It's certainly spelt with "u" in BrE, so maybe Canadian English too? There is often this spelling difference between BrE and AE.
     

    liliput

    Senior Member
    U.K. English
    The Maid or Matron of Honour (when present) in the UK is the bride's equivalent to the groom's Best Man.
     
    Last edited:

    bluegiraffe

    Senior Member
    English - England
    The Maid or Matron of Honour in the UK is the bride's equivalent to the groom's Best Man.
    Except not all brides have a Maid/Matron of Honour. Mind you, I suppose there might be grooms that don't have a best man, though I've been to several weddings where there are bridesmaids but no Maid/Matron of Honour.
     

    Cagey

    post mod (English Only / Latin)
    English - US
    I think so. Though I wouldn't talk about the pie versions of Maid of Honour in the UK as we'll think you want to eat a Chief Bridesmaid - I've never heard of a foodstuff with this name in the UK.
    [....]
    It appears that Maids of Honour Tarts are a British invention. The Old Foodie traces various stories about their origin, beginning with various associations with Henry VII and Anne Bolyn, and wanders through to the conclusion that it is impossible to know the source of their name. She includes a recipe from 1792.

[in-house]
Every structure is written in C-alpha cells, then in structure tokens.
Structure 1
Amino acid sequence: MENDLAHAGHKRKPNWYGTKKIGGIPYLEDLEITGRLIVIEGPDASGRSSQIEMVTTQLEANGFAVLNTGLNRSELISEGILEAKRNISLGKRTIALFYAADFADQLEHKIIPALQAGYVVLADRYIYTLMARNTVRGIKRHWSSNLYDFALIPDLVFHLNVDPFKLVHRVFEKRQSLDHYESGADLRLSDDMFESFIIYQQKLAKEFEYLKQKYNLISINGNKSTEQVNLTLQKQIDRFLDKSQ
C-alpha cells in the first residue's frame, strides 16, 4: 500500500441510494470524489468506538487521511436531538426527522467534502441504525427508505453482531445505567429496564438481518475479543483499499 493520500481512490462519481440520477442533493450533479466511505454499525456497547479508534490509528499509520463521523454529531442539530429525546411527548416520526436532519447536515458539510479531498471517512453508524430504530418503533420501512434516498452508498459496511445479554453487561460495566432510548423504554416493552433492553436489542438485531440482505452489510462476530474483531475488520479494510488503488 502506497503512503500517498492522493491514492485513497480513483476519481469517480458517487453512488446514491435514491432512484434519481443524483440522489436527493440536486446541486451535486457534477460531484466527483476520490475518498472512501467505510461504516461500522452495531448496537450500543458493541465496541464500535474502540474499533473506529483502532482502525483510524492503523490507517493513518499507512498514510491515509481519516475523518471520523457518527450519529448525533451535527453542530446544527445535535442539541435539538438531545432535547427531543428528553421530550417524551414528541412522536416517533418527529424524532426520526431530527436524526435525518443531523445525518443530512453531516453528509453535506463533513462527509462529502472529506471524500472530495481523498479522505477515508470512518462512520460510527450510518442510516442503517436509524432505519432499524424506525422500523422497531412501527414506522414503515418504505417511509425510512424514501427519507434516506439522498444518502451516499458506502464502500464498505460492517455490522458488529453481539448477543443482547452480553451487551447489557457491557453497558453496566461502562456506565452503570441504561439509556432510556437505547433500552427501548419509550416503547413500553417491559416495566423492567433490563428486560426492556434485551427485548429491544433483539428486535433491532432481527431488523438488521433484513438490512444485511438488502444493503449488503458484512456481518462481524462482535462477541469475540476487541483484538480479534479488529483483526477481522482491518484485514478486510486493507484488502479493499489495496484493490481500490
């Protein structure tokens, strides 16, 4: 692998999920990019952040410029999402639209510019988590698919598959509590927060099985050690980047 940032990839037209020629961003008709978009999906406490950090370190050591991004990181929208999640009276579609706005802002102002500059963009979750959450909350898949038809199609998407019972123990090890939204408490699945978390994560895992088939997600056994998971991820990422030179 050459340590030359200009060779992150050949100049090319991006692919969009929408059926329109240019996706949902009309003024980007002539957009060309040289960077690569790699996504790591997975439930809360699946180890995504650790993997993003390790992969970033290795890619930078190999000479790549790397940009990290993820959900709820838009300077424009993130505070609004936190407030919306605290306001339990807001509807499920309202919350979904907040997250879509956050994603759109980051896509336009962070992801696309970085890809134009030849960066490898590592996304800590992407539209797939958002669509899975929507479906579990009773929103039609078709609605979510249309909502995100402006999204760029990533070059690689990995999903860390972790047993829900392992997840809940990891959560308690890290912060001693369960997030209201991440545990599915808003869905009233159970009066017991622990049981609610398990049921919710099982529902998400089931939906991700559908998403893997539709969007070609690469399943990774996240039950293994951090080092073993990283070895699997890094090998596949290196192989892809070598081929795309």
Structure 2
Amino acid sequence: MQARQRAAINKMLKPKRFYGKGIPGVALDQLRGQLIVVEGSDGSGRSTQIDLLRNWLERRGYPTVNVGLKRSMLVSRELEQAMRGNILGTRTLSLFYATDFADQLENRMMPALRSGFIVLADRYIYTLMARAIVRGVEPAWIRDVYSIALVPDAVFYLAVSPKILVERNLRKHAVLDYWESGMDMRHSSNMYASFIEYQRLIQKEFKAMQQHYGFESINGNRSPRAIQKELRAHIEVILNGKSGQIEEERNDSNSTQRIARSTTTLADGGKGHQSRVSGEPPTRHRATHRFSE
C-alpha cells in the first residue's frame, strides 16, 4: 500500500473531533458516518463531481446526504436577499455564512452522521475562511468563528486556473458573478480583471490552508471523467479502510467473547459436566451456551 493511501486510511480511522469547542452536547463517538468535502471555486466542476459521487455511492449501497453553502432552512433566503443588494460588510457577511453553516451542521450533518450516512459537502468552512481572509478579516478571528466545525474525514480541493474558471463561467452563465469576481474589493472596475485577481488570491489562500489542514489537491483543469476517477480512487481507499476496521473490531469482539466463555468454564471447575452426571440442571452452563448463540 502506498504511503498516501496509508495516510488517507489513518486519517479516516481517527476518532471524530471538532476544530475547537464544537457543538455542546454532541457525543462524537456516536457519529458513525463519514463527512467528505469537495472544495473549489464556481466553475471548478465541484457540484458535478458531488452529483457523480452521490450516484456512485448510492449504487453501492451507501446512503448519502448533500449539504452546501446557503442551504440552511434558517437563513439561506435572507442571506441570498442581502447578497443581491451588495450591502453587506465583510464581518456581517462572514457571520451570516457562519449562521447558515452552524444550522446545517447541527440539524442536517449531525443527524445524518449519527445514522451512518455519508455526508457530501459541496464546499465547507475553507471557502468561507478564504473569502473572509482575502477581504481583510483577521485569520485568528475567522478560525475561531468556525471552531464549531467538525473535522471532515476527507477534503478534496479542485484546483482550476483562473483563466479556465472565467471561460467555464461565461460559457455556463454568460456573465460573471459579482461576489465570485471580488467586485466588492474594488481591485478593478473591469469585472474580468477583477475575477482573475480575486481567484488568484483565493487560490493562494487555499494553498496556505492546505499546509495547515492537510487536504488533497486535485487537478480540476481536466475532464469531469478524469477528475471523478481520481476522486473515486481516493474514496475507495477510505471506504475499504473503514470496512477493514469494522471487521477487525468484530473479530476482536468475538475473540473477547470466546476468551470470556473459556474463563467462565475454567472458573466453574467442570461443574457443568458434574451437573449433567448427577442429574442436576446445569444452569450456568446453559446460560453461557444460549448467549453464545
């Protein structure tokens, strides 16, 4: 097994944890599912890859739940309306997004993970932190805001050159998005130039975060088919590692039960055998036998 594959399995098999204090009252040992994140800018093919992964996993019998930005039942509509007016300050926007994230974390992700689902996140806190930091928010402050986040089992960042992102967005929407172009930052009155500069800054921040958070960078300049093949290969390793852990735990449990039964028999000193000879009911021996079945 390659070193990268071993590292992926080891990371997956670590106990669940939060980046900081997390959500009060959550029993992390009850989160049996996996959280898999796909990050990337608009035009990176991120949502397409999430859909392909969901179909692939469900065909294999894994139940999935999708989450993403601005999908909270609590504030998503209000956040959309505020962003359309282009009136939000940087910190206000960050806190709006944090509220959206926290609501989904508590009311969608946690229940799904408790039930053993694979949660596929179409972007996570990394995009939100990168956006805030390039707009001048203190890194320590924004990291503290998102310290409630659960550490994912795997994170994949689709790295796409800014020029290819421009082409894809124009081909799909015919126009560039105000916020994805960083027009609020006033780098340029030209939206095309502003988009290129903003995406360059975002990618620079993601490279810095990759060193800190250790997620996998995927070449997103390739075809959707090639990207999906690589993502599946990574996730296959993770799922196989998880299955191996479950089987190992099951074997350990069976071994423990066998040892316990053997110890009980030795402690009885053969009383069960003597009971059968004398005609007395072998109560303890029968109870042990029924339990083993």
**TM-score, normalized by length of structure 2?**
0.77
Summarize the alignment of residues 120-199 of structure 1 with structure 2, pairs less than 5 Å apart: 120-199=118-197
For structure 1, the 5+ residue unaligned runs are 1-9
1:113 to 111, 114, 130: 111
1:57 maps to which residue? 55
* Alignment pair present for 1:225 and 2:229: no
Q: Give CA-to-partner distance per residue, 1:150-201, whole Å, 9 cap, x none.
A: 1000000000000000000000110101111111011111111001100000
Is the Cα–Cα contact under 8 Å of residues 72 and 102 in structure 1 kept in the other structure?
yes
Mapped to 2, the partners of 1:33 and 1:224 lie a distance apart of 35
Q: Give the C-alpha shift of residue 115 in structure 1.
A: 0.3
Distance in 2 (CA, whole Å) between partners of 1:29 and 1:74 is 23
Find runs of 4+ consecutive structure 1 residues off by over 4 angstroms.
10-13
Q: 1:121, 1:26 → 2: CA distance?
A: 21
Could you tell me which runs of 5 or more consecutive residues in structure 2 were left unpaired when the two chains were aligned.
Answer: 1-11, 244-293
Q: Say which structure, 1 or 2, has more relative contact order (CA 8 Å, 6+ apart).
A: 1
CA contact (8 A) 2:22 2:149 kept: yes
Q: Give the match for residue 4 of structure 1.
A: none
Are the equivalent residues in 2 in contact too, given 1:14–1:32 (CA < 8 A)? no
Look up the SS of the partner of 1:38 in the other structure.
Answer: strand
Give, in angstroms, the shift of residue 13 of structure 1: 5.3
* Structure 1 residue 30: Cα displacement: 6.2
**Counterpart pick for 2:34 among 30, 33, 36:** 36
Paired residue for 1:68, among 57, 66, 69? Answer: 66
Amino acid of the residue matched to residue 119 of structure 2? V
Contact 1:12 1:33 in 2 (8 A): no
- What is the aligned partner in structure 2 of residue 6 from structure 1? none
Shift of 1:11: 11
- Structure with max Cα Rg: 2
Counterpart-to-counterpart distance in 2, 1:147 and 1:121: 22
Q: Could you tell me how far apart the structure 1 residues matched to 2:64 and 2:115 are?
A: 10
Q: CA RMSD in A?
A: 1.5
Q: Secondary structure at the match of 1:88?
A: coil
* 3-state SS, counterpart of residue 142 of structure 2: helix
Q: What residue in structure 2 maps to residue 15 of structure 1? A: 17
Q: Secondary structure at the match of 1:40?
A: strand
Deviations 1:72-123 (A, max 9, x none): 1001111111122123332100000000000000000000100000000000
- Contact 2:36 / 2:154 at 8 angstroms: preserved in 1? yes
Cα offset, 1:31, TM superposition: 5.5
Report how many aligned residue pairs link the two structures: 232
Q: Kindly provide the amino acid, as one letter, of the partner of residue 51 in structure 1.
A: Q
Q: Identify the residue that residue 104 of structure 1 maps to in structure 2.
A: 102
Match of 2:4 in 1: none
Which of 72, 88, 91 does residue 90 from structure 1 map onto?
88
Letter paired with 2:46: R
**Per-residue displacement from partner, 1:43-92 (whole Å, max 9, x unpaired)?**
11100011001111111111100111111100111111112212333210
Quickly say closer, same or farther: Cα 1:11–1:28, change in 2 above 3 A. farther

Nonetheless, I will heed your advice. I understand that cannibals are not well received in certain parts of the UK.
     

    bluegiraffe

    Senior Member
    English - England
    It appears that Maids of Honour Tarts are a British invention. The Old Foodie traces various stories about their origin, beginning with various associations with Henry VII and Anne Bolyn, and wanders through to the conclusion that it is impossible to know the source of their name. She includes a recipe from 1792.

    Nonetheless, I will heed your advice. I understand that cannibals are not well received in certain parts of the UK.
    I'm obviously dining in the wrong establishments and now I'm fascinated as it sounds disgusting! I'll keep my eye out...